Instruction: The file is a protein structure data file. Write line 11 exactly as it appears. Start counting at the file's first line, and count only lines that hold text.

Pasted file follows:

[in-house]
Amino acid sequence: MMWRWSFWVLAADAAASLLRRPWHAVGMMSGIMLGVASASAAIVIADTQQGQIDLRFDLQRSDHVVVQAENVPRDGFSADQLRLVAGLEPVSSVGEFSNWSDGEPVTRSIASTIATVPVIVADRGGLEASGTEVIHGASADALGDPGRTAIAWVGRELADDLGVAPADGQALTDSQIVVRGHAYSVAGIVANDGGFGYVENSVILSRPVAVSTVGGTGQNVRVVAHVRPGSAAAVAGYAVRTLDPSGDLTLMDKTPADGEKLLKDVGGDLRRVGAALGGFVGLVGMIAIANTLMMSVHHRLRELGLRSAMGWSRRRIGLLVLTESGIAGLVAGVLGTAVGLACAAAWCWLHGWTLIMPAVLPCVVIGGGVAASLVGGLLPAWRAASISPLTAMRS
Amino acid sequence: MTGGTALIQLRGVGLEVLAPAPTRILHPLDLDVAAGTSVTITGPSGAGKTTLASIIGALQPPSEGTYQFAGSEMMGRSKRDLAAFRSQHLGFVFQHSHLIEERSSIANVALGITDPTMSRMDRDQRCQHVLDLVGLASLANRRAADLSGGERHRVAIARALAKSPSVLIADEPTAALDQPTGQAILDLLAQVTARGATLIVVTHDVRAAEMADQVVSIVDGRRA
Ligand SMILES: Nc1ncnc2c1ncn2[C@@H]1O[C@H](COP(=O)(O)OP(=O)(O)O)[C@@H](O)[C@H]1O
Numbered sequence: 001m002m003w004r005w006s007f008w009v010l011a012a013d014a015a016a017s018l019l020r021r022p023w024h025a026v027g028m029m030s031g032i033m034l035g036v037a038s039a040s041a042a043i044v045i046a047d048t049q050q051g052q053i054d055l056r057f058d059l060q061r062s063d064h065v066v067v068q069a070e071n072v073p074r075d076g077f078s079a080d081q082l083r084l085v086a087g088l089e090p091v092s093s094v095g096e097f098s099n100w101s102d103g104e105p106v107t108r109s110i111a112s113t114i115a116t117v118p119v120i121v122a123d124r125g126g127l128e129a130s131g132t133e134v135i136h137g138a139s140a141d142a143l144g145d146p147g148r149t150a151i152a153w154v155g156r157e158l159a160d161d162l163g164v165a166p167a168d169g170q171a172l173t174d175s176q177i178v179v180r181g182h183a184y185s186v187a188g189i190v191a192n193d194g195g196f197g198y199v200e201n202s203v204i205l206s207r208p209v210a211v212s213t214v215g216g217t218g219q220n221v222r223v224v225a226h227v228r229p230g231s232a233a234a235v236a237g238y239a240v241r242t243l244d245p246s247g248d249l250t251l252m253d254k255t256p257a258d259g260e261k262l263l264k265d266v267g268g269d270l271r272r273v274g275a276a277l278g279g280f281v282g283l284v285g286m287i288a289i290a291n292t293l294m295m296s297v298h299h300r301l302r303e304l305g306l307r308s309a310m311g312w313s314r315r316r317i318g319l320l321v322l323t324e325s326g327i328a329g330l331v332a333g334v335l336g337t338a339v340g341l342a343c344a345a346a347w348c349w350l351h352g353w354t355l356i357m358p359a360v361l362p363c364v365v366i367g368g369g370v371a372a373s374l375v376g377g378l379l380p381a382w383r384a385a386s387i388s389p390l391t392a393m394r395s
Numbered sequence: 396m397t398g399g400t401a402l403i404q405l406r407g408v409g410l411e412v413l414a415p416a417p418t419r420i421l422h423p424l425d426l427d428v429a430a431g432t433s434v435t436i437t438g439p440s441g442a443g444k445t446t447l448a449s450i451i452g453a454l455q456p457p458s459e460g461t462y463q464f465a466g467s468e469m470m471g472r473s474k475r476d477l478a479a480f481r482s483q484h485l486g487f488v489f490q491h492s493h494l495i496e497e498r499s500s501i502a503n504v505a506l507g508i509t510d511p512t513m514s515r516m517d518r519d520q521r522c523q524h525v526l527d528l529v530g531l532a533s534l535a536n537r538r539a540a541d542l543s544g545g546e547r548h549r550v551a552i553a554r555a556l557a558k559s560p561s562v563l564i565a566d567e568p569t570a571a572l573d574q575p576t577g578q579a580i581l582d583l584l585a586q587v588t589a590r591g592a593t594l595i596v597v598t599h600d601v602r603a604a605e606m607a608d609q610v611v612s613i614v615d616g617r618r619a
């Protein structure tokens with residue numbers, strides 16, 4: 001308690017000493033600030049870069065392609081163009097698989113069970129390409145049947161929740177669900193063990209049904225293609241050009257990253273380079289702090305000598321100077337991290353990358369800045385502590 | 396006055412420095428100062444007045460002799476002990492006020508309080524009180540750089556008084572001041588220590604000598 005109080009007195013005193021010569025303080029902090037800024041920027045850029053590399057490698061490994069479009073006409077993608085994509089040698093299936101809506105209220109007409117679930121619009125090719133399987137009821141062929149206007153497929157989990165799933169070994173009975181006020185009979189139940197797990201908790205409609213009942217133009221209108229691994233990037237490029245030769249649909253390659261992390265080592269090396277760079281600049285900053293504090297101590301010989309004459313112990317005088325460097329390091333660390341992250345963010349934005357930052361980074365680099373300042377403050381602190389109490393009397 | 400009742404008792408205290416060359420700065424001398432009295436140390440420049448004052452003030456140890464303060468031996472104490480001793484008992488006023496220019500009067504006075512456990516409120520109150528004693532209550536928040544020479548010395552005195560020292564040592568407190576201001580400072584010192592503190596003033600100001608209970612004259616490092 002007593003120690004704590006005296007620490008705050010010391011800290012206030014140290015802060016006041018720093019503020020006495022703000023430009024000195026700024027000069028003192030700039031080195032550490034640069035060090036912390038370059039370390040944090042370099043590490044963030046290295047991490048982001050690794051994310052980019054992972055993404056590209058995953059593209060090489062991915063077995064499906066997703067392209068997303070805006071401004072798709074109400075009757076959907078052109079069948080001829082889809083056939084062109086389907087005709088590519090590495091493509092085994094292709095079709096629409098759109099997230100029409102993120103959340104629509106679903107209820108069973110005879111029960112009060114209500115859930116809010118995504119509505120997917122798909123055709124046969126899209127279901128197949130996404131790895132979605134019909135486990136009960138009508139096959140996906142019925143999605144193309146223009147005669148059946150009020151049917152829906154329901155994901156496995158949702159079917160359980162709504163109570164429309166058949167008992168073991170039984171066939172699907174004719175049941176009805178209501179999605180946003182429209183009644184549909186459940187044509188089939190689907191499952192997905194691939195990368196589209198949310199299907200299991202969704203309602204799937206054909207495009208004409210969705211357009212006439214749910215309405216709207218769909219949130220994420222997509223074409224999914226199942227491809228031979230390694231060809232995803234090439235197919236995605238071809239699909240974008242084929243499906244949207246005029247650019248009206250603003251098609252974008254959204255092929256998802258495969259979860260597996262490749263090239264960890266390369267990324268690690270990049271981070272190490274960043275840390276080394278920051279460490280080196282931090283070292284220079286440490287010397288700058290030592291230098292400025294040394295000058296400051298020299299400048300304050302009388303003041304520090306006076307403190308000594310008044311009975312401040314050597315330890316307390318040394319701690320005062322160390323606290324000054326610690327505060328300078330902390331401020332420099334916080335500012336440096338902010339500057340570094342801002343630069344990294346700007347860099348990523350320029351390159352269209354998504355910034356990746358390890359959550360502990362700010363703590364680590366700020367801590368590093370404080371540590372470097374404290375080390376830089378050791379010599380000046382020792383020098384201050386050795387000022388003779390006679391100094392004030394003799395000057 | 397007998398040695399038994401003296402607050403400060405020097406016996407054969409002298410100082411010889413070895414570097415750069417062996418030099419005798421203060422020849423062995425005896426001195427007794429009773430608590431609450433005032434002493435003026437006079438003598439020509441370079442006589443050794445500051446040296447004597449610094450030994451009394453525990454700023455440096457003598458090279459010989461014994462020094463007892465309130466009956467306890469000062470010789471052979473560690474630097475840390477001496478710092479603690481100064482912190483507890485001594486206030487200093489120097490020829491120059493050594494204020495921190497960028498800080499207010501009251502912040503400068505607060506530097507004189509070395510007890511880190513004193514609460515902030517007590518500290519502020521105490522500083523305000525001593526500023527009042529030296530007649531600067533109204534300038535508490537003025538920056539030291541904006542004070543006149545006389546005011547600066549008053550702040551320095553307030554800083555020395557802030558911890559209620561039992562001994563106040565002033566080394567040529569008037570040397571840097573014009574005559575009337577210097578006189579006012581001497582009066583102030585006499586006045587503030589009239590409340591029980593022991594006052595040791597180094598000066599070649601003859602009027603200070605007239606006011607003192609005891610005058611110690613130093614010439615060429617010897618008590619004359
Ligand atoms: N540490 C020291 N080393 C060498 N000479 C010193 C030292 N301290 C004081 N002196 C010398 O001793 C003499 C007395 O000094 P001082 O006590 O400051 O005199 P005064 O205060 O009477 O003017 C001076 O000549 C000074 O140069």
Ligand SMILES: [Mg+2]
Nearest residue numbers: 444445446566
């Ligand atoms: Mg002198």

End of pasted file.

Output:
């Ligand atoms: Mg002198």